Manhattan Population 2021

1,631,990

Manhattan is one of five boroughs of New York City and has the same boundaries as New York County. Most of the borough consists of Manhattan Island, which is bounded by the Hudson, East and Harlem Rivers, along with some land on the mainland and small islands.

Manhattan has an estimated population of 1.63 million people, all living in an area of just 23 square miles. This gives Manhattan a population density of 70,826 people per square mile, or 27,346 per square kilometer. Manhattan is the most densely populated of the five NYC boroughs and also the most densely populated county in the United States. It is more dense than any city in the country and one of the most densely populated areas on earth.

On weekdays, the number of commuters pushes the Manhattan population to more than 3.9 million, or 170,000 people per square mile.

Manhattan is the smallest borough in terms of land area and the third-largest in terms of population behind Brooklyn and Queens. Between 2000 and 2030, the population of Manhattan is expected to grow by 289,000 people. The school-age population is expected to increase, compared to an expected decline in New York City as a whole, by the elderly population is projected to grow by 58%.

Manhattan Demographics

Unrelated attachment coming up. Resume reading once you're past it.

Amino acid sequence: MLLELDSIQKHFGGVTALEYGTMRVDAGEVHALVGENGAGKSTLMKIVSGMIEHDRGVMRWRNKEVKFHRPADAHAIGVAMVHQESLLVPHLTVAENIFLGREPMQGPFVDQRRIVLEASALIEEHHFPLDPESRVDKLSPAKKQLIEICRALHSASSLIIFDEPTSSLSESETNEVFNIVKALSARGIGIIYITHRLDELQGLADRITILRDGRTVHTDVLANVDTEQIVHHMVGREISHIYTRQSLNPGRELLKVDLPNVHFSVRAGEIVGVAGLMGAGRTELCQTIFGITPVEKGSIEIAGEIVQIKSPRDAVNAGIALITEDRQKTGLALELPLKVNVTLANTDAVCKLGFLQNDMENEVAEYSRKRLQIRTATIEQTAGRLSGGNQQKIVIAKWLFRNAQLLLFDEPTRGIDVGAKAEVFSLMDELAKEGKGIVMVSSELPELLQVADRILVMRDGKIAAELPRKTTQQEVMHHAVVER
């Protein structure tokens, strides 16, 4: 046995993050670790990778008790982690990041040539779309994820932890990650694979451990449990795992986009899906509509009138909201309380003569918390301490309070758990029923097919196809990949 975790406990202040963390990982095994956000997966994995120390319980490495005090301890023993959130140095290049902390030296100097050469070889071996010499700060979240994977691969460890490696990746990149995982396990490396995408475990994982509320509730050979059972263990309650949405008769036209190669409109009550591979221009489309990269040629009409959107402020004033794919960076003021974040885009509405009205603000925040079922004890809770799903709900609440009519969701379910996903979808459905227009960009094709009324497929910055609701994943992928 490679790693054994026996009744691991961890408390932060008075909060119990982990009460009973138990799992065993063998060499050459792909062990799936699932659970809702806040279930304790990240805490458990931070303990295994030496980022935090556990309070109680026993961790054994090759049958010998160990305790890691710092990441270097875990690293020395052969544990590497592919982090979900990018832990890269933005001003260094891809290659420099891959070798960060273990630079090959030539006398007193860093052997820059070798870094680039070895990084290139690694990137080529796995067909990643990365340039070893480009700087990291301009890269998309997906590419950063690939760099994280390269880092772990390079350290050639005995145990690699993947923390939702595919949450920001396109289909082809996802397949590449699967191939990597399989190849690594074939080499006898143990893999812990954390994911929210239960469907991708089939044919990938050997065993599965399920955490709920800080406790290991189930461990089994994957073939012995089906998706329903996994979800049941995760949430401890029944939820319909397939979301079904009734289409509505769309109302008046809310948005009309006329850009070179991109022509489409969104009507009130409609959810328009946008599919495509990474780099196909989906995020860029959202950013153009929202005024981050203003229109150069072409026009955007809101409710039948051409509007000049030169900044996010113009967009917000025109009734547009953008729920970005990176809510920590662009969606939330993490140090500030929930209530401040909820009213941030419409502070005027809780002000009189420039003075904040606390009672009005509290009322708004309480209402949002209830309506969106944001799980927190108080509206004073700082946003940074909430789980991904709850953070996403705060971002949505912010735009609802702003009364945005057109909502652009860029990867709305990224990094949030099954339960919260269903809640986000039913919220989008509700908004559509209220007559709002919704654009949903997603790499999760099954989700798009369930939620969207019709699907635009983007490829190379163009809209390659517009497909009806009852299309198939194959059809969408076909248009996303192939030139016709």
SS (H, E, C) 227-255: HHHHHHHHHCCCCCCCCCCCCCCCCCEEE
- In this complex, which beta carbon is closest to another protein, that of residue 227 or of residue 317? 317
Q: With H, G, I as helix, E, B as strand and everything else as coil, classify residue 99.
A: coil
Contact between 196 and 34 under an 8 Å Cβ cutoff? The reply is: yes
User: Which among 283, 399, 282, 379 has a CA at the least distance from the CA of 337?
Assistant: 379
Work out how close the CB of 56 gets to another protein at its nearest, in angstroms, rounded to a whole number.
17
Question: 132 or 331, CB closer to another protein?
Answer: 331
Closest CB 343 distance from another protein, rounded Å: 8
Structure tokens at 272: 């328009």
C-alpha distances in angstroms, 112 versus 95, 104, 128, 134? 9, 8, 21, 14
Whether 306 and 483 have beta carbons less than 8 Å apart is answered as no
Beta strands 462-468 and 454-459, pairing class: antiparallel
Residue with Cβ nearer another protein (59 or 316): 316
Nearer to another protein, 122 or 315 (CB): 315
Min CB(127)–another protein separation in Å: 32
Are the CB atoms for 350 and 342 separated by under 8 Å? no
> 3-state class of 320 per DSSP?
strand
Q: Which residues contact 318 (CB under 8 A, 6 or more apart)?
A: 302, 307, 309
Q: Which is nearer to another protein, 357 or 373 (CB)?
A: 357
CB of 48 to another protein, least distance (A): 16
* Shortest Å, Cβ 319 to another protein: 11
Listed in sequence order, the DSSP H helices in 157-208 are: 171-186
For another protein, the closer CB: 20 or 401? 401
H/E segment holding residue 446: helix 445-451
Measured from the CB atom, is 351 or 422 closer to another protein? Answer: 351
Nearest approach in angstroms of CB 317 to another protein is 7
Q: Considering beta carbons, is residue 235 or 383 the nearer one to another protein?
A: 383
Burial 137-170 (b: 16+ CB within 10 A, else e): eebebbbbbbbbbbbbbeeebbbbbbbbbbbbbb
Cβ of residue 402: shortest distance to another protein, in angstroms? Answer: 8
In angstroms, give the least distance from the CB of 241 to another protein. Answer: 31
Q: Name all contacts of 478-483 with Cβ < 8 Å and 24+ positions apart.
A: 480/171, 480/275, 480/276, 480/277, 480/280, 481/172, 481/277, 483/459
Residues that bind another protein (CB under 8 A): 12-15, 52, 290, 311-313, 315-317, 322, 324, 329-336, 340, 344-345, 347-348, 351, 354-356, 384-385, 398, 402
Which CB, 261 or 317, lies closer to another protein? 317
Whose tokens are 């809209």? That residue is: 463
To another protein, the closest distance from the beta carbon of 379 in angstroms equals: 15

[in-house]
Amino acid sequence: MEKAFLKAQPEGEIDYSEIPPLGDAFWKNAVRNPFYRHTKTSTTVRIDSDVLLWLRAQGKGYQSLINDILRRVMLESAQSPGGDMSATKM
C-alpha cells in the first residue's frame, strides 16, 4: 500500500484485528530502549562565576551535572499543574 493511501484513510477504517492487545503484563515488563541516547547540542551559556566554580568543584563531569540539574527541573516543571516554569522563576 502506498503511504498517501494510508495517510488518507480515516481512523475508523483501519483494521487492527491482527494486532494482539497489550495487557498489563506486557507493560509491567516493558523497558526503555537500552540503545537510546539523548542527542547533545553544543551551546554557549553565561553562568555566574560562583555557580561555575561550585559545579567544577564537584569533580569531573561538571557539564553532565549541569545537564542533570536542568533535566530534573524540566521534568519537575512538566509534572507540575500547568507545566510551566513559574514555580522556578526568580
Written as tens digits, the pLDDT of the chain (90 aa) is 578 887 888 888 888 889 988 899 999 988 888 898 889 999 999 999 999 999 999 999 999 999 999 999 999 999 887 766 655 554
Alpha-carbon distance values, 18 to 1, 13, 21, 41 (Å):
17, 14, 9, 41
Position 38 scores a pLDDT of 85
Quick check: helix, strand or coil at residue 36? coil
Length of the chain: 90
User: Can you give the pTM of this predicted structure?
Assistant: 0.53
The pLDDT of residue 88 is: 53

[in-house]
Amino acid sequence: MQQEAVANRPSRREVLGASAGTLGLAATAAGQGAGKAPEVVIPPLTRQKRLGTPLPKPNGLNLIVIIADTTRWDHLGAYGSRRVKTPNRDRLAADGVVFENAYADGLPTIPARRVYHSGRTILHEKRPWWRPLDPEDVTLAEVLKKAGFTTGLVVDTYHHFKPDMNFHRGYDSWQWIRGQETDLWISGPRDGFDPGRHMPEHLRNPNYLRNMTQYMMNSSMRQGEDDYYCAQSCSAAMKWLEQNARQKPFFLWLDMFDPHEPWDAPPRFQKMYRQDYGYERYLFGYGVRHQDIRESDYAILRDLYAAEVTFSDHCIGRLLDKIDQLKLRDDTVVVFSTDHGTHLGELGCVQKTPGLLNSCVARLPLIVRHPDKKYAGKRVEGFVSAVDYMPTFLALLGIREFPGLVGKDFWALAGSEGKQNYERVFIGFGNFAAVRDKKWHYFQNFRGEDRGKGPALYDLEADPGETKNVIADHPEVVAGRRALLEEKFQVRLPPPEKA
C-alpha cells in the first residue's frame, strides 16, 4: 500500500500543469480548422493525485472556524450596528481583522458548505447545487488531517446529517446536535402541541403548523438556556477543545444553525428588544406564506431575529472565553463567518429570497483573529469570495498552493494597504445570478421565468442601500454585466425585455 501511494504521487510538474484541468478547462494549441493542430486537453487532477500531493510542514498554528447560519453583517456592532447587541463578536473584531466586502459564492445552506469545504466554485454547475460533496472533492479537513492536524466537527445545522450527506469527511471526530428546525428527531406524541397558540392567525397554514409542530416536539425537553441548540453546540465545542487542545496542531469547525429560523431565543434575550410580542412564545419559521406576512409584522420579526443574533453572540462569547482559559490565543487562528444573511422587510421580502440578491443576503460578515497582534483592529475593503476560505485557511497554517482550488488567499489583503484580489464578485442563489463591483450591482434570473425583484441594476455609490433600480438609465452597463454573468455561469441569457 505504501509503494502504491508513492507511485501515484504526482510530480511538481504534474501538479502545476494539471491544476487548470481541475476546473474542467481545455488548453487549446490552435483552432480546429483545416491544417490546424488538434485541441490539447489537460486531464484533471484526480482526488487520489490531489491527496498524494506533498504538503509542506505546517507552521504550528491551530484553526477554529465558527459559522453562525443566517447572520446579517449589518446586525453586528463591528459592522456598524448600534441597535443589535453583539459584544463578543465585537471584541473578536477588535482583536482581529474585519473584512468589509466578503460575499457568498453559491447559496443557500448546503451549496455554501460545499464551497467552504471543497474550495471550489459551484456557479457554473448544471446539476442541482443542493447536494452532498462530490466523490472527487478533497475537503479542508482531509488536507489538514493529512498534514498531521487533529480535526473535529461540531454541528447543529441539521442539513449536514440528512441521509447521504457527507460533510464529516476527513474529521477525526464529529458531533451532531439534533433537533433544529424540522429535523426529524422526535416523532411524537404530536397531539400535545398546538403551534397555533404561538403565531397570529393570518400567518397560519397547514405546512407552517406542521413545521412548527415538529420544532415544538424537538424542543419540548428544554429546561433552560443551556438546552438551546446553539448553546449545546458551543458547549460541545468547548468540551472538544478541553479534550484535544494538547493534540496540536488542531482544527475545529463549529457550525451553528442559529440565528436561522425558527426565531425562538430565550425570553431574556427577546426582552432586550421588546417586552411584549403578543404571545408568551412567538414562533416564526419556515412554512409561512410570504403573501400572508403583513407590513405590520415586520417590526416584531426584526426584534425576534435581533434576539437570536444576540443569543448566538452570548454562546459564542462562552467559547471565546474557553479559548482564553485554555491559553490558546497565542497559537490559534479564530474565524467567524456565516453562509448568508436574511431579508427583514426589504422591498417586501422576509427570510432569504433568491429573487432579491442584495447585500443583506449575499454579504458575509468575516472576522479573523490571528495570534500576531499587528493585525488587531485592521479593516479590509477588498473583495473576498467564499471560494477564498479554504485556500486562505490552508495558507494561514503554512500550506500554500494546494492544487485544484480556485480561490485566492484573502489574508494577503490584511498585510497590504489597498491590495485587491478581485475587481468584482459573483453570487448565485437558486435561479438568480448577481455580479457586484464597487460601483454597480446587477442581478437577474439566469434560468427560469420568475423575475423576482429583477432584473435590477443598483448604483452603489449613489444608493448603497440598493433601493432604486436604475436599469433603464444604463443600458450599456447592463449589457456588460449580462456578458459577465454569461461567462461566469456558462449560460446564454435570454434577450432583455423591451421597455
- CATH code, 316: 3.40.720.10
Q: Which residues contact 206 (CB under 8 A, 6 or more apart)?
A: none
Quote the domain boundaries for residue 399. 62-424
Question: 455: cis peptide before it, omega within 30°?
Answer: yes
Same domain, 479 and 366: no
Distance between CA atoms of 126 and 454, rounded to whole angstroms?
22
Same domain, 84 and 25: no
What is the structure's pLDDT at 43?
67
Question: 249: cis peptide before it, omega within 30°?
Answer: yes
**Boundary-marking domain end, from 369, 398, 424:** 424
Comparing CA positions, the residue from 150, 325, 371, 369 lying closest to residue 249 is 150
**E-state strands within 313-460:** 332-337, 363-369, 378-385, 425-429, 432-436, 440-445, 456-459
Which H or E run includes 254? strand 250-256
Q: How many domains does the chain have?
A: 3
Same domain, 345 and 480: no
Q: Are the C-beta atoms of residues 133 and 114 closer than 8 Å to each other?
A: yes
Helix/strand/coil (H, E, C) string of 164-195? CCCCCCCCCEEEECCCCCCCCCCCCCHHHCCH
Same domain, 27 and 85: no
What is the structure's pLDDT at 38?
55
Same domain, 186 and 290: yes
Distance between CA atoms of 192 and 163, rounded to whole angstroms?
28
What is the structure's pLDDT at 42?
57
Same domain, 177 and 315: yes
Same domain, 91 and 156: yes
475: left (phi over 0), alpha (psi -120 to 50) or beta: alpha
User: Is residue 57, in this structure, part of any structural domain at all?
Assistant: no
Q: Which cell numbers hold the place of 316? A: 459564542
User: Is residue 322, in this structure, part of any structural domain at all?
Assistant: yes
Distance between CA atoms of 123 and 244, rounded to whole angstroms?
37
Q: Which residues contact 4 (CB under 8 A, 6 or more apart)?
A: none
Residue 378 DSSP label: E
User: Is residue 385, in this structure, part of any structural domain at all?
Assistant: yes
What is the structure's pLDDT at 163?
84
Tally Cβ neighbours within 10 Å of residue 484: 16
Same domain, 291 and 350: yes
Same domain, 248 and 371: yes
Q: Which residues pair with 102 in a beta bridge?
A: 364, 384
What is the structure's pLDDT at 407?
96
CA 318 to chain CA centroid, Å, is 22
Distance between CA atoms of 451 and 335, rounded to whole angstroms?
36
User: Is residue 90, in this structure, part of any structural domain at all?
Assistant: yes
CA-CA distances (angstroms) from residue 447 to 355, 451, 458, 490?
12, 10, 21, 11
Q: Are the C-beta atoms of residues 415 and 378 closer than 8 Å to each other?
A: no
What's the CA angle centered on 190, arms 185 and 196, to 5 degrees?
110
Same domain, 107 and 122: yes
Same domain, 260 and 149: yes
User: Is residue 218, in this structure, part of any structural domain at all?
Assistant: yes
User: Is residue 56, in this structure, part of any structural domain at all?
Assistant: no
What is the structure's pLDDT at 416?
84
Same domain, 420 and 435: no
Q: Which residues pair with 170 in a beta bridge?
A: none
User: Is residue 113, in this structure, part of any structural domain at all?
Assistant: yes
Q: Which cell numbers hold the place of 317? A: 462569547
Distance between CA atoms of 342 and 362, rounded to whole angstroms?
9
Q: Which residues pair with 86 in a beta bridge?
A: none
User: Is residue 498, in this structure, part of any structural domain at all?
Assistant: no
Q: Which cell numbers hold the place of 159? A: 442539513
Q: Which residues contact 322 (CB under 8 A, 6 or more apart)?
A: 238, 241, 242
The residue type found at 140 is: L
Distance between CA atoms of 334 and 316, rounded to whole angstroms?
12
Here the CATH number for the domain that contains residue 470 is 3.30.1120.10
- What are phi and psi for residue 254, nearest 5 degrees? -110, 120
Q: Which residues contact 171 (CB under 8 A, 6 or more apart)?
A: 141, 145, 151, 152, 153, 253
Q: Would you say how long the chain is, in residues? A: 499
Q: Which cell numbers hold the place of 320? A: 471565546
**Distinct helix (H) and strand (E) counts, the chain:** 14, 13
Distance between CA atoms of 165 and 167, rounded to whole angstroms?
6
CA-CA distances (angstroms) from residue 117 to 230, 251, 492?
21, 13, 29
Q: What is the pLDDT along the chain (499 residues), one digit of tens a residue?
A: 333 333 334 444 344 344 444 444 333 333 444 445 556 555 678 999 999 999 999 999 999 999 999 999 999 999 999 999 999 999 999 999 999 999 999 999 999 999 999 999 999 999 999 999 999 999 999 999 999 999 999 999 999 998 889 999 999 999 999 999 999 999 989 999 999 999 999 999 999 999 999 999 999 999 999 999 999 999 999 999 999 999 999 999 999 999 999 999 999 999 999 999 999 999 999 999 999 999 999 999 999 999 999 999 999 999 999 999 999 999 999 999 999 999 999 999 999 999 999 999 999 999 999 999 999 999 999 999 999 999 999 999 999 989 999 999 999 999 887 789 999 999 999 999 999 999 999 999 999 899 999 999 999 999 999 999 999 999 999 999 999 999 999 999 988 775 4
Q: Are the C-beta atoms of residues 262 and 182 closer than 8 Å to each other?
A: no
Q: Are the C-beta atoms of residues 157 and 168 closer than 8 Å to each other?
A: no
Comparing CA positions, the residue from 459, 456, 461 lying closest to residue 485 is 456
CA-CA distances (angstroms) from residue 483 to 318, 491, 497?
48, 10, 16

The racial composition of Manhattan is:

  • White: 58.9%
  • Non-Hispanic White: 50.7%
  • Asian: 10.3%
  • Black or African American: 15.5%

Just 20% of people in Manhattan live in owner-occupied housing. This is the second-lowest rate of any county in the United States after the Bronx.

Manhattan has the second-highest number of non-Hispanic whites of any New York City borough at 48% behind Staten Island. About 27% of the population of Manhattan is foreign-born. People with Irish ancestry account for almost 8% of the population, while Italian Americans account for 7%, followed by German Americans (7%) and Russian Americans (6%).

Religious groups in Manhattan include the Roman Catholic Church (over 36% of the population), Jewish (20.5%), Protestants (9%) and Muslims (2.5%).

Manhattan Neighborhoods

Manhattan has some of the most affluent and well-known neighborhoods in the country. Neighborhoods include:

  • Harlem, which has been a large African American community since the 1920s and was originally a Dutch village named Haarlem after a city in the Netherlands. The neighborhood still suffers from many problems and 35% to 47% of the population receive income support from the government.
  • SoHo (SOuth of HOuston) is known for upscale shopping and art galleries.
  • TriBeCa (TRIangle BElow CAnal Street) has many industrial buildings that have been converted to residential lofts and buildings with a population that is 82% white, 9% Hispanic and 5% African American.
  • Midtown Manhattan is home to iconic buildings like the Chrysler Building and the Empire State Building and it ranks among the most commonly used pieces of real estate on earth. Most of the skyscrapers in NYC are in Midtown.